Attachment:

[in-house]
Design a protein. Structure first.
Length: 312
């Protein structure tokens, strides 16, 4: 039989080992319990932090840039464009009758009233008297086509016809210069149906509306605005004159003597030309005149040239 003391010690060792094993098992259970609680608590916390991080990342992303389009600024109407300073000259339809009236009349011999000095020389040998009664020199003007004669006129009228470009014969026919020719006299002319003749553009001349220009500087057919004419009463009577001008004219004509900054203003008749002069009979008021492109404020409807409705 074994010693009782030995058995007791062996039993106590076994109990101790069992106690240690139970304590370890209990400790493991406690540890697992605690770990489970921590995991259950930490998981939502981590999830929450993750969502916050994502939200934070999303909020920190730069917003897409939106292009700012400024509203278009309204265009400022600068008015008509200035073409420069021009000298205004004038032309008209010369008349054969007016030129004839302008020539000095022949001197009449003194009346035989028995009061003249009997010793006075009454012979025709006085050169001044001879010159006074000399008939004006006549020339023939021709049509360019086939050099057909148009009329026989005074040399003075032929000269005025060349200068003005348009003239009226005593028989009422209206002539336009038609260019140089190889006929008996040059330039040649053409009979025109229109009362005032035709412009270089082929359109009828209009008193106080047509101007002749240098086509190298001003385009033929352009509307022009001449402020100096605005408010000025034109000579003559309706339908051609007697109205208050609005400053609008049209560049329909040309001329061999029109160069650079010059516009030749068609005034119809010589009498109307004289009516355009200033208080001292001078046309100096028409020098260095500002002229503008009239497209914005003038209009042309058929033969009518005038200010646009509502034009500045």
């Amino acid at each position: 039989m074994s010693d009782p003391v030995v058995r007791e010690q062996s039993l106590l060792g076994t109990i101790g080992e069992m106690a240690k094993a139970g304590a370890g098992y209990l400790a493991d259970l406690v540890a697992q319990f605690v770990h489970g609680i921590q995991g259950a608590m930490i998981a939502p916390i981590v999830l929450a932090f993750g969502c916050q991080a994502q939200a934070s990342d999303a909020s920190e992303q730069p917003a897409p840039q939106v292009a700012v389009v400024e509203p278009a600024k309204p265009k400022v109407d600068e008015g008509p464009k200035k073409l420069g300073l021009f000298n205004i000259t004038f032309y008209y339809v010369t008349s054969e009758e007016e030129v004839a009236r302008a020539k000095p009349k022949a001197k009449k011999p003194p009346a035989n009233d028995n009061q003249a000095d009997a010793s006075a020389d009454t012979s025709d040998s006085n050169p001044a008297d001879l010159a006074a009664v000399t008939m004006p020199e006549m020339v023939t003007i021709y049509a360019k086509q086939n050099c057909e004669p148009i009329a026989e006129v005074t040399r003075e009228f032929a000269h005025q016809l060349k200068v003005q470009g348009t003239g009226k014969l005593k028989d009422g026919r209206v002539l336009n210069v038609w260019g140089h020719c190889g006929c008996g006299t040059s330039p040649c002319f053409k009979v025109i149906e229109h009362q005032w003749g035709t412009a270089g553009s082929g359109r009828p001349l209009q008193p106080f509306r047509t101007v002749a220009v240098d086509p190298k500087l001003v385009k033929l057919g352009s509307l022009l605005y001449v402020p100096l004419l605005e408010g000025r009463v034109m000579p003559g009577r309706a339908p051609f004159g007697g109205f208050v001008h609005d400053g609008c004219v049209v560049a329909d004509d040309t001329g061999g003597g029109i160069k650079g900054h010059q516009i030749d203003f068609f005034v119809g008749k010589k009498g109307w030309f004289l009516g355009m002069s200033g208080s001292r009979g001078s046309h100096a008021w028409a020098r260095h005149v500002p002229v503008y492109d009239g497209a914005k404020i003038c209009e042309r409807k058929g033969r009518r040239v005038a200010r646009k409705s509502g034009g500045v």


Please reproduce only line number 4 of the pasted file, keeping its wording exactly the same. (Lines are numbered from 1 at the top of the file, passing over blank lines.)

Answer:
């Protein structure tokens, strides 16, 4: 039989080992319990932090840039464009009758009233008297086509016809210069149906509306605005004159003597030309005149040239 003391010690060792094993098992259970609680608590916390991080990342992303389009600024109407300073000259339809009236009349011999000095020389040998009664020199003007004669006129009228470009014969026919020719006299002319003749553009001349220009500087057919004419009463009577001008004219004509900054203003008749002069009979008021492109404020409807409705 074994010693009782030995058995007791062996039993106590076994109990101790069992106690240690139970304590370890209990400790493991406690540890697992605690770990489970921590995991259950930490998981939502981590999830929450993750969502916050994502939200934070999303909020920190730069917003897409939106292009700012400024509203278009309204265009400022600068008015008509200035073409420069021009000298205004004038032309008209010369008349054969007016030129004839302008020539000095022949001197009449003194009346035989028995009061003249009997010793006075009454012979025709006085050169001044001879010159006074000399008939004006006549020339023939021709049509360019086939050099057909148009009329026989005074040399003075032929000269005025060349200068003005348009003239009226005593028989009422209206002539336009038609260019140089190889006929008996040059330039040649053409009979025109229109009362005032035709412009270089082929359109009828209009008193106080047509101007002749240098086509190298001003385009033929352009509307022009001449402020100096605005408010000025034109000579003559309706339908051609007697109205208050609005400053609008049209560049329909040309001329061999029109160069650079010059516009030749068609005034119809010589009498109307004289009516355009200033208080001292001078046309100096028409020098260095500002002229503008009239497209914005003038209009042309058929033969009518005038200010646009509502034009500045």